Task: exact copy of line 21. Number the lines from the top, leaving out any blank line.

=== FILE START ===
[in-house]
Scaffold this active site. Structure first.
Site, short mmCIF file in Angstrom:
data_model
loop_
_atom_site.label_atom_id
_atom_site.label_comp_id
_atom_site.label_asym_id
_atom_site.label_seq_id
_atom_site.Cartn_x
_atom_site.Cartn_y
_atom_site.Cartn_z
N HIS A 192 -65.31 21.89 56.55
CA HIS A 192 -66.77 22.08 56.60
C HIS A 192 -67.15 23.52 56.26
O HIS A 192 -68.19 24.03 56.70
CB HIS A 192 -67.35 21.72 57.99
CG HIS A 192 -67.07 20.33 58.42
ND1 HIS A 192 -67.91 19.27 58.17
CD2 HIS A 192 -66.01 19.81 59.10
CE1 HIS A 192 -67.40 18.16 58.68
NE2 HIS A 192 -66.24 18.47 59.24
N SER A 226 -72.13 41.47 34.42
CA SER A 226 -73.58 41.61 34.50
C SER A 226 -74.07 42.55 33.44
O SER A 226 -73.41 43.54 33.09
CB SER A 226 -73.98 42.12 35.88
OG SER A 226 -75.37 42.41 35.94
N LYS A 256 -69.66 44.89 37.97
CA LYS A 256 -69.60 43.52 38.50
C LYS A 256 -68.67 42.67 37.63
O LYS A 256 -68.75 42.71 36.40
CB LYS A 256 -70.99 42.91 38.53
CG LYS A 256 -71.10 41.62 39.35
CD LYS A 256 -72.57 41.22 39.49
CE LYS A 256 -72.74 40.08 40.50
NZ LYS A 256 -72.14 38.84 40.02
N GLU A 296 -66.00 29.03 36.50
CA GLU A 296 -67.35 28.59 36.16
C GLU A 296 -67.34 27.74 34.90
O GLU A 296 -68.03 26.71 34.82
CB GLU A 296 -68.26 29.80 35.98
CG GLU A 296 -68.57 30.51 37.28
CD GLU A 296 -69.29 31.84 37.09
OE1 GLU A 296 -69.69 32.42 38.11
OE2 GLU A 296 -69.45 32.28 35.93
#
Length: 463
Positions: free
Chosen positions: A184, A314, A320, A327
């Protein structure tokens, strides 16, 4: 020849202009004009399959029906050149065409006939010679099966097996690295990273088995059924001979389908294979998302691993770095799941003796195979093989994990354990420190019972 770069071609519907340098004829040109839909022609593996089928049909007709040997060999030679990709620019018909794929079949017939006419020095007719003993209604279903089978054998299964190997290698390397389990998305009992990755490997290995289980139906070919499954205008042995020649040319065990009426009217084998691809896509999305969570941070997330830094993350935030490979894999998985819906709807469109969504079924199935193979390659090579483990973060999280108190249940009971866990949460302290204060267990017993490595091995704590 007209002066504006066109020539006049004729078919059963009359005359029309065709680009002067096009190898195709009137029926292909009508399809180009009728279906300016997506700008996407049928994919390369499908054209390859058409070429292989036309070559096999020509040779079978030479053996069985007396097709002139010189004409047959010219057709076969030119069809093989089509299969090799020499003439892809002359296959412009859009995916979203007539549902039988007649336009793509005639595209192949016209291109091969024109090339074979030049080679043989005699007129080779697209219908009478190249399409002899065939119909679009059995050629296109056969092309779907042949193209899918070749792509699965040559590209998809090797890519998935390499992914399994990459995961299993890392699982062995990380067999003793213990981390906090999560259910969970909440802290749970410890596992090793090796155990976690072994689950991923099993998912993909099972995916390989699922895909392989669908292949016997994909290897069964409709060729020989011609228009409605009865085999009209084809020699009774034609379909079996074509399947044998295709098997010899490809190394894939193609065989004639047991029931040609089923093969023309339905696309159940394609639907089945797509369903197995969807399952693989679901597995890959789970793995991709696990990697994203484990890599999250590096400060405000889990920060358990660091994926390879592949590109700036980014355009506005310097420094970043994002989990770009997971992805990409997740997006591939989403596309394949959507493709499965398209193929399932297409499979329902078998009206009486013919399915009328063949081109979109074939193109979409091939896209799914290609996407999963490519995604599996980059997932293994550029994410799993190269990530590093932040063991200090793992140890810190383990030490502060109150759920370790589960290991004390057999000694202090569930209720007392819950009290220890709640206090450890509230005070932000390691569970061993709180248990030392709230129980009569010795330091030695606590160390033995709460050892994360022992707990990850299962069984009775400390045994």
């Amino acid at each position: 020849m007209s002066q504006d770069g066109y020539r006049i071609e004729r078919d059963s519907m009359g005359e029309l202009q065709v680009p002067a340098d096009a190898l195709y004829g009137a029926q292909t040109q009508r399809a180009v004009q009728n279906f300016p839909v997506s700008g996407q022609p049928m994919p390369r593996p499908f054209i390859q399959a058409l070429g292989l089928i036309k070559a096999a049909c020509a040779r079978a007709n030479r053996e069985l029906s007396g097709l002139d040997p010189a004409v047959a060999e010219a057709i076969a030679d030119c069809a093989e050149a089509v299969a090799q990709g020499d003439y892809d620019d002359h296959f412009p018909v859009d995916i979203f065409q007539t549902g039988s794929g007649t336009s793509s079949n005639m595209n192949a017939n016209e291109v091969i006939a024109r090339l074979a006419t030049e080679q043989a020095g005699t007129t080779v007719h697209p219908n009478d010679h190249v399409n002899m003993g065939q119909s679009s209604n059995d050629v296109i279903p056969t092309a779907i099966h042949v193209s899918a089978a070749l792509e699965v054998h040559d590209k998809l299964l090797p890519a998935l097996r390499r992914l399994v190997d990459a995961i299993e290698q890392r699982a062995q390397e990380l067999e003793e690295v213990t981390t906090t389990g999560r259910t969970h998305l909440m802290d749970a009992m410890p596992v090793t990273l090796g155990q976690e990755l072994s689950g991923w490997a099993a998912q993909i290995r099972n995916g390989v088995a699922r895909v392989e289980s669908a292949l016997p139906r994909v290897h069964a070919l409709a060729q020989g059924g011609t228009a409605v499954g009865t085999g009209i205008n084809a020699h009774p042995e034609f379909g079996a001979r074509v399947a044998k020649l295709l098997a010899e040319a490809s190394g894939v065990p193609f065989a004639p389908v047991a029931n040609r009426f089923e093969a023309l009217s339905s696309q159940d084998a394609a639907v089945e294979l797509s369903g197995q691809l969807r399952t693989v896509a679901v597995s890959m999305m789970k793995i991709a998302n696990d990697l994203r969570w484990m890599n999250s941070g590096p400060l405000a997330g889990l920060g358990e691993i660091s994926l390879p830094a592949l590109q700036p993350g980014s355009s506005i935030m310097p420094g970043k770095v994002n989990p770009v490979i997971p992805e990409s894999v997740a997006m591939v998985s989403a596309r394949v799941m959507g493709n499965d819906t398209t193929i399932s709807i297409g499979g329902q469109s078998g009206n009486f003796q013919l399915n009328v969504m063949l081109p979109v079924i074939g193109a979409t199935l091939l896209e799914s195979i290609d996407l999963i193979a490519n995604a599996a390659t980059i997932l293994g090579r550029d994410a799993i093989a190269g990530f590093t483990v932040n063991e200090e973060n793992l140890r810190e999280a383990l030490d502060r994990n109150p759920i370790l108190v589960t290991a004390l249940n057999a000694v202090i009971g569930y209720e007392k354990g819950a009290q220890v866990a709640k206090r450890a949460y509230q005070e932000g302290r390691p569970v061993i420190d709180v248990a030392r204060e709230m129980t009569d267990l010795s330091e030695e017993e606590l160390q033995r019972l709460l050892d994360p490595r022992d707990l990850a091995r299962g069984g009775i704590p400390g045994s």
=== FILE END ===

CE1 HIS A 192 -67.40 18.16 58.68